Hi all, New to homebrewing and had a blast on brewday (I got the Irish Red Ale)! So my question is after 48hours I have noticed no activity in the Airlock and i’m concerned there is no fermentation going on. I looked online and couldn’t find any answers so i took a quick peak inside and didn’t notice the krausen on top (no idea if it was a sin to open it up) i got a yeasty smell but it was faint. Is everything alright? The room is a dark basement that is at mid 60’s to 70’s when it gets hot. I am going to be gone for two weeks so i want to make sure my little yeasty’s are good to go.
What yeast did you use? How much yeast did you add to the fermentor? Did you aerate the wort before adding the yeast?
You will need a swamp cooler, a.k.a. a tub of water and wet towel over fermentor, if the basement gets into the low 70°F range. Yeast produces heat as it begins fermenting the wort. Most ale yeasts are best at 65° to a maximum of 70°F.
What is the current wort temperature??
With some yeasts there can be a long lag time.
At what temp did you pitch the yeast?
Thanks for the reply guys, and i followed the instructions on the kit that came with the kit i bought. I dont remember the yeast name as i threw out the package. I did notice that the room got very cold recently low 60’s high 50’s i hope the cold did killed the yeast or something. I pitched the Yeast around 78 degrees as the instructions said too (also correction: it was the American amber ale). and whats the best way to get a reading on the current temperature of the wort? open it up and stick the sanitized thermometer? the fermentor feels kinda cold to the touch.
Was it a dry yeast or liquid yeast? If dry, did you rehydrate? If you had an older yeast it could be less viable, and if the temps are upper 50°s to lower 60°s it could take awhile for them to start.
Although you didn’t see any krausen on top, was there anything stuck to the sides of the fermenter?
You can stick a sanitized thermometer in it to get a temp.
If you live up north your basement floor could be so cold it is pushing your fermenter temp a lot cooler than your room temp. It will help to put the fermenter on a milk crate or somehow get it off the floor. On the other hand that cold floor will help when your fermenter gets too warm.
I took it out of the basement since it got so cold and im warming the sucker up now. ill try and get a reading later tonight. And i didnt rehydrate the yeast. i just sprinkled the dry yeast on top of the wort. There was some kinda stuff on the side of the fermenter when i opened it but i couldnt tell if that was remnants from the foam when i airated it or from the krausen.
I live in mass so its been kinda chilly today and my floor in the basement is freezing so that probably is why the fermenter feels so cold thank you for the tip.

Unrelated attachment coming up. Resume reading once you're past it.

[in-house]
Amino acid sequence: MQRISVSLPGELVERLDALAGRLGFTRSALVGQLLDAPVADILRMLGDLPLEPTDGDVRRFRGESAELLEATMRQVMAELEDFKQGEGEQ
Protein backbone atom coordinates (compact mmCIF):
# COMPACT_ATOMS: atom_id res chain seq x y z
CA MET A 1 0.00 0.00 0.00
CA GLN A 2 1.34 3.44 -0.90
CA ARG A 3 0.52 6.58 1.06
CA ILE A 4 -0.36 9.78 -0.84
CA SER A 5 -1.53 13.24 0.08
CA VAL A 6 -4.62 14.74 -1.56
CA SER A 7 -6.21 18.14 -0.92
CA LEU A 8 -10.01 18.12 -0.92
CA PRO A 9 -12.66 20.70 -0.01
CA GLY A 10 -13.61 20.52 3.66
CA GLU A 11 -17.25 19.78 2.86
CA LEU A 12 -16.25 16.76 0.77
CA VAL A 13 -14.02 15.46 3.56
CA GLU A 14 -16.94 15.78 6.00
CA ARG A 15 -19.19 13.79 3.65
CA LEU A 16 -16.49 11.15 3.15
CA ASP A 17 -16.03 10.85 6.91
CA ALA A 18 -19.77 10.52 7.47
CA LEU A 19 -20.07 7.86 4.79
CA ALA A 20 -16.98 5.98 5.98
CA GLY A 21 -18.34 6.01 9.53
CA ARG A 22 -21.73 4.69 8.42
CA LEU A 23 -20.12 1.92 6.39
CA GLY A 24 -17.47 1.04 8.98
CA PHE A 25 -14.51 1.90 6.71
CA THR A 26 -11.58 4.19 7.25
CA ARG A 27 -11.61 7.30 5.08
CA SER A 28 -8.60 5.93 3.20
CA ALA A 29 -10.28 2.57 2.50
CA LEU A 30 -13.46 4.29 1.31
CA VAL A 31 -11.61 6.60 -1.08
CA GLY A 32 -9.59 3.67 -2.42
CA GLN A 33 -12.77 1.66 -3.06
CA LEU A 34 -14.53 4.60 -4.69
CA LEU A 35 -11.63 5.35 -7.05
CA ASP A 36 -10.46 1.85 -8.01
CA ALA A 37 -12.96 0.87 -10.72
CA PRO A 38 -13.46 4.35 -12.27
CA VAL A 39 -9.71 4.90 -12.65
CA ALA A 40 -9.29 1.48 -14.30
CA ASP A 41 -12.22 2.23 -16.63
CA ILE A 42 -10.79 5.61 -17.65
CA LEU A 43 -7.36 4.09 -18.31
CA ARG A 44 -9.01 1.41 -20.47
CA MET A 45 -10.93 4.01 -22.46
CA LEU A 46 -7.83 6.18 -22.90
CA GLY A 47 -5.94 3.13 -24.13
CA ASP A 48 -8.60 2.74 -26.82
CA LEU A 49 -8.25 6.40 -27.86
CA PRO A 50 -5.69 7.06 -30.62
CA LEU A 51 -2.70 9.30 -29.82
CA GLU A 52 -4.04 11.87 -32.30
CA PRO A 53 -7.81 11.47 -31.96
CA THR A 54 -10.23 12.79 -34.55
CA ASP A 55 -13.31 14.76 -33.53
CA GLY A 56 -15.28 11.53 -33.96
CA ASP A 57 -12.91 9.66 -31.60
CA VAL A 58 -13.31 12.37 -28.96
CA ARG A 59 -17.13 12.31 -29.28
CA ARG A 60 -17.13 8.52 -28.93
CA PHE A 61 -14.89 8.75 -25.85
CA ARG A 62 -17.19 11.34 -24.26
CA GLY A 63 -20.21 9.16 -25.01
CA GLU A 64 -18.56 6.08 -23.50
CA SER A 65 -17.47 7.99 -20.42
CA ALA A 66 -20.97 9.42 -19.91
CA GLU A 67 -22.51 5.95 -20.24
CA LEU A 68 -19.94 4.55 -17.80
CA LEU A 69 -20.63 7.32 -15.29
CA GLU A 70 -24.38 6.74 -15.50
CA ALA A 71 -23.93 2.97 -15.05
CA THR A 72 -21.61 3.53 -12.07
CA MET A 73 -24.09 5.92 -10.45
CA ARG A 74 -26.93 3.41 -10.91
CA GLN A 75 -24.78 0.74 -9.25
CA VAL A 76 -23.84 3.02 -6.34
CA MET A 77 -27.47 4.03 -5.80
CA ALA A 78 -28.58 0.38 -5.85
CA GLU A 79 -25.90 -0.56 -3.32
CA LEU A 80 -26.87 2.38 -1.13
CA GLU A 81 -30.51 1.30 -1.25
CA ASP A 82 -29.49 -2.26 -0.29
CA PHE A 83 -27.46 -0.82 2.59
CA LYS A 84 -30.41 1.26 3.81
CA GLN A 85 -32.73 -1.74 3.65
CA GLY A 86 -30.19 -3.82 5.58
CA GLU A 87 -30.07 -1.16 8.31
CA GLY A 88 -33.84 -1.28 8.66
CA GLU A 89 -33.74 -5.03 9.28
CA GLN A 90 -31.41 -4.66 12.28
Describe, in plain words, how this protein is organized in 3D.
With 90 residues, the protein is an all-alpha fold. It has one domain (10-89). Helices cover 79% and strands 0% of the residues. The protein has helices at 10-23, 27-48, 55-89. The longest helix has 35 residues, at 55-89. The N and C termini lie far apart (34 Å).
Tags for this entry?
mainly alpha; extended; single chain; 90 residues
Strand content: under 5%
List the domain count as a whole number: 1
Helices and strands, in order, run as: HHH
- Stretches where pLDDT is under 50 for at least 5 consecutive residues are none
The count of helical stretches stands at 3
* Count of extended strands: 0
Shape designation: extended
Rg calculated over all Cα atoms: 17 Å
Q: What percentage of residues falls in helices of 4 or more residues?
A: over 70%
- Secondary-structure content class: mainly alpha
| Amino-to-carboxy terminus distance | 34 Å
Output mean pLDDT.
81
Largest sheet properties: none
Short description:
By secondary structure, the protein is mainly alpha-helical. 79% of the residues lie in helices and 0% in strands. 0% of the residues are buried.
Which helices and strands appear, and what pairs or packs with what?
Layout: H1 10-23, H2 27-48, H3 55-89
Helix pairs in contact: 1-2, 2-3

The stick on thermometer strips are very accurate. Just have to interpolate to 1°F when an even number degree isn’t green.
Like this one
Stick it on at the upper three-quarter point of your wort. They don’t work well if submerged in the water of a swamp cooler.
I would suspect the starting temp at 78*, was very warm and the yeast started, maybe stressed a bit, then as it cooled, it went into shock, slowing any multiplying way down. So the yeast are in a wide temp swing and caused a delay…. Do yer best to git it as near 65 and be sure yer lid is on well and when you return, you’ll find out how the temp swings affected yer yeast, if any… Sneezles61
Looks like the default yeast for the American Amber is Safale US-05. This is a very neutral flavored yeast I always keep a packet or two on hand. It would be well worth getting some “just in case” to pitch if you don’t see any sign of fermentation soon. If it does take off just put the new yeast in the fridge for some other time. It will last a long time.
I’m not sure why the instructions with these kits say to pitch when the temp is 78°. That is a little high for most any brewers yeast. Even if you can’t maintain mid 60’s it would be better to at least start out that cold.
SO i have checked the temperature after warming it up and apparently i might have really messed up. It read 100 on the thermometer. But i did notice small amounts of bubbling on the surface of the wort in the bucket. smelled a bit yeasty. hopefully i havent really killed them, i moved it out of the warmer room and to a colder one off the floor as Stoney pointed out. Wondering when i should just give up and start over or if this beer can even be saved. lid is on tight as i check the airlock by lightly pressing the lid to see if it bubbles at all.
I think you need to check the calibration of your thermometer. That would have to be an extremely hot room to get the wort temp up to 100°. And even if you didn’t chill it the temps would have dropped past 100° already.
It was in direct sunlight apparently, someone in my house moved the fermentor to get at something and never moved it back. did the spike in heat kill the yeast? or is there still hope in this batch?
Well if that’s the case, and any fermentation had occurred the riboflavin produced by the yeast will combine with the hops and severely skunk the beer. This is unless the fermenter was covere.
One day your wort was freezing and the next day it’s over 100 ? Flush it
I would just put it back in the basement, but off the floor. Do a taste test when you get back in two weeks. The beer may or may not be any good. Sitting for two weeks will not hurt it if it is good. Sitting for two weeks will not change anything if it isn’t any good.
Start planning to do another when you return. Your basement being in the mid 60° range is good. A swamp cooler will take care of the fermentor for those days the ambient temp rises into the low 70° range. Let us help out when you are ready to start the next one.
NB’s American Amber Ale is one of my favorites.